The Afghan economy remains severely hampered by the new war with the Taliban, a World Bank report said Tuesday.
“The annual economic growth rate is anticipated to be around 2.6 percent in 2017,’’ the authors wrote.
This is a slight increase from 2.2 percent economic growth recorded in 2016.
However, the increased conflict appeared to be holding back business and consumer confidence from recovering fully from the impact of the security transition in 2014.
Economic growth drastically collapsed after the end of the NATO combat mission in Afghanistan in December 2014 and the handover of the responsibility for the war to the Afghan security forces.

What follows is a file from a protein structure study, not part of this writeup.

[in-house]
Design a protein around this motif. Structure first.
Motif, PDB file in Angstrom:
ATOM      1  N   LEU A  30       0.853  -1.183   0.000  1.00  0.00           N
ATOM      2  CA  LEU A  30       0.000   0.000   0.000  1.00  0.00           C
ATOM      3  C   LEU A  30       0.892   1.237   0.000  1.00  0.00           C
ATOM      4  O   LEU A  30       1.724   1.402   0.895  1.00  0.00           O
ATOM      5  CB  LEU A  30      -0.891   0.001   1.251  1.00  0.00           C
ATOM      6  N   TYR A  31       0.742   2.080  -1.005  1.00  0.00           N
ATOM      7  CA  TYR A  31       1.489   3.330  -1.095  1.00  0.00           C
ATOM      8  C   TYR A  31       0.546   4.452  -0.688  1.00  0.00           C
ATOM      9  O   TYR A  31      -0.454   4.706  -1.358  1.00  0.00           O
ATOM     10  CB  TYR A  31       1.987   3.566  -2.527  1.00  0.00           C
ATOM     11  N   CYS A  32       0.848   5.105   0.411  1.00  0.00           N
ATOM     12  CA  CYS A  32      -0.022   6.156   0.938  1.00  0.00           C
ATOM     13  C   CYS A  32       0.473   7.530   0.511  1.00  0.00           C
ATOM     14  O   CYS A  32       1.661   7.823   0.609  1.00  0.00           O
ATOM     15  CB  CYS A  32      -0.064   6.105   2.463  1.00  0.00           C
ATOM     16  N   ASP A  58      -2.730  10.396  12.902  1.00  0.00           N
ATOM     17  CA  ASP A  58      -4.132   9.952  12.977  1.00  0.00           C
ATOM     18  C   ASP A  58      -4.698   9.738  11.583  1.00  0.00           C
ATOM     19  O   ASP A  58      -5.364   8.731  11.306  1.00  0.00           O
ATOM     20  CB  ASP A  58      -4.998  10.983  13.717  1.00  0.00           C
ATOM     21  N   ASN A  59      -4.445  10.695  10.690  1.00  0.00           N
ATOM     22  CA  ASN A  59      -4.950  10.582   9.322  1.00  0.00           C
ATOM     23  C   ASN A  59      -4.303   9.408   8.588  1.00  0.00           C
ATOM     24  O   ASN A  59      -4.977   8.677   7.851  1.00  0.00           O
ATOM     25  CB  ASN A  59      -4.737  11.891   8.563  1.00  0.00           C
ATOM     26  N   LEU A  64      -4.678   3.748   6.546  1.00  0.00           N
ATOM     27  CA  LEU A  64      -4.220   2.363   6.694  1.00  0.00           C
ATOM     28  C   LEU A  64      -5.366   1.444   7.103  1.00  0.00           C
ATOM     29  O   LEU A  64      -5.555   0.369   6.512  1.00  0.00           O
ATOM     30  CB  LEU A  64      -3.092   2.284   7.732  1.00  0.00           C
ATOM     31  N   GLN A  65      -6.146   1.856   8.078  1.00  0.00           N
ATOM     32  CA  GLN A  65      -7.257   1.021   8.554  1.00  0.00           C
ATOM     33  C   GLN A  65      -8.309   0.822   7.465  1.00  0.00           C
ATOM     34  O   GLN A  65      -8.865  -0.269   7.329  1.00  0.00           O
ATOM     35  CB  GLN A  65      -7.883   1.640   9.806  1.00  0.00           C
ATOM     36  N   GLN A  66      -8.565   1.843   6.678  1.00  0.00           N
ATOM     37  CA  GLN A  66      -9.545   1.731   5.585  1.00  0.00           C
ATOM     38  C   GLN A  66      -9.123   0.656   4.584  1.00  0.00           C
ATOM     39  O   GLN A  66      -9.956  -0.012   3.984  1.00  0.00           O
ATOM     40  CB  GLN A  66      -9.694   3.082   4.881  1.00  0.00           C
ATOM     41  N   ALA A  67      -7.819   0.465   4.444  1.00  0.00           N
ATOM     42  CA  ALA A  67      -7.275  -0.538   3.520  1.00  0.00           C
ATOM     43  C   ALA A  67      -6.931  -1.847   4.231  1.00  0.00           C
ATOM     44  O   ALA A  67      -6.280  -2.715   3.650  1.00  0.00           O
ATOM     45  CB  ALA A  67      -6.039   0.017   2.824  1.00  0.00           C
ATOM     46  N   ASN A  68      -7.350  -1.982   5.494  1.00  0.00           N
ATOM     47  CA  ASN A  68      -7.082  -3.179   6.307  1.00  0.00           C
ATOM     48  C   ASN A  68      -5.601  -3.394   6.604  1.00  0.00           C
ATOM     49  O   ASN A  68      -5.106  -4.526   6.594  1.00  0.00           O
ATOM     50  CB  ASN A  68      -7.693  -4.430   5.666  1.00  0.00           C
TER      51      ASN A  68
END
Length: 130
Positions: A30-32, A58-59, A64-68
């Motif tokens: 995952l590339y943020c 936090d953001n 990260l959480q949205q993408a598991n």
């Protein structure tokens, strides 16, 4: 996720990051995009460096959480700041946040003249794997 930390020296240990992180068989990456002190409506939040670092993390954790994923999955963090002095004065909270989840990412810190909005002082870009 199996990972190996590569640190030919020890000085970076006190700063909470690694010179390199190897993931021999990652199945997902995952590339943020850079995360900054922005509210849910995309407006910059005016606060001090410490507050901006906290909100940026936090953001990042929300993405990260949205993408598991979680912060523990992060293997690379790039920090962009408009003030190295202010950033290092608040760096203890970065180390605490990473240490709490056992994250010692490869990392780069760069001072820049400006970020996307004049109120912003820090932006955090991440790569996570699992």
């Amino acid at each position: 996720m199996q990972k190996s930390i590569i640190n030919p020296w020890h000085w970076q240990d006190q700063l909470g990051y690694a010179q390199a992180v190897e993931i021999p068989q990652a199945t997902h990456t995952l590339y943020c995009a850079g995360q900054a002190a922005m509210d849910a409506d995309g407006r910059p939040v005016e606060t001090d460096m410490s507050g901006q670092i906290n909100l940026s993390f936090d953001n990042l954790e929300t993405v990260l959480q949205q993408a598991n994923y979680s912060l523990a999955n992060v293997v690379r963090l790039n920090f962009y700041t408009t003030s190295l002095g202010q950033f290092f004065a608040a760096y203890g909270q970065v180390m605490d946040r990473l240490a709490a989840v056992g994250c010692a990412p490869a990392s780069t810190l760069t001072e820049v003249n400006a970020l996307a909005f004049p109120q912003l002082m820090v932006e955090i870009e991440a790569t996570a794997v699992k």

“Political uncertainty and increased violence have resulted in the lower growth trajectory.
“Massive international aid efforts had previously helped to bring the average annual rate to 9.6 percent in the years between 2003 and 2012.
“Economic growth is projected to edge up to 3.2 percent in 2018, assuming no further deterioration in the security environment,’’ the report read.
According to the report, anecdotal evidence indicates that overall confidence is moderately improving, as the uncertainty around the U.S. troops presence in Afghanistan is likely to be resolved following the latest announcement of the U.S. strategy in Afghanistan.
In August, U.S. President Donald Trump announced Washington’s intention to send thousands of additional soldiers back into Afghanistan, after years of troop reductions.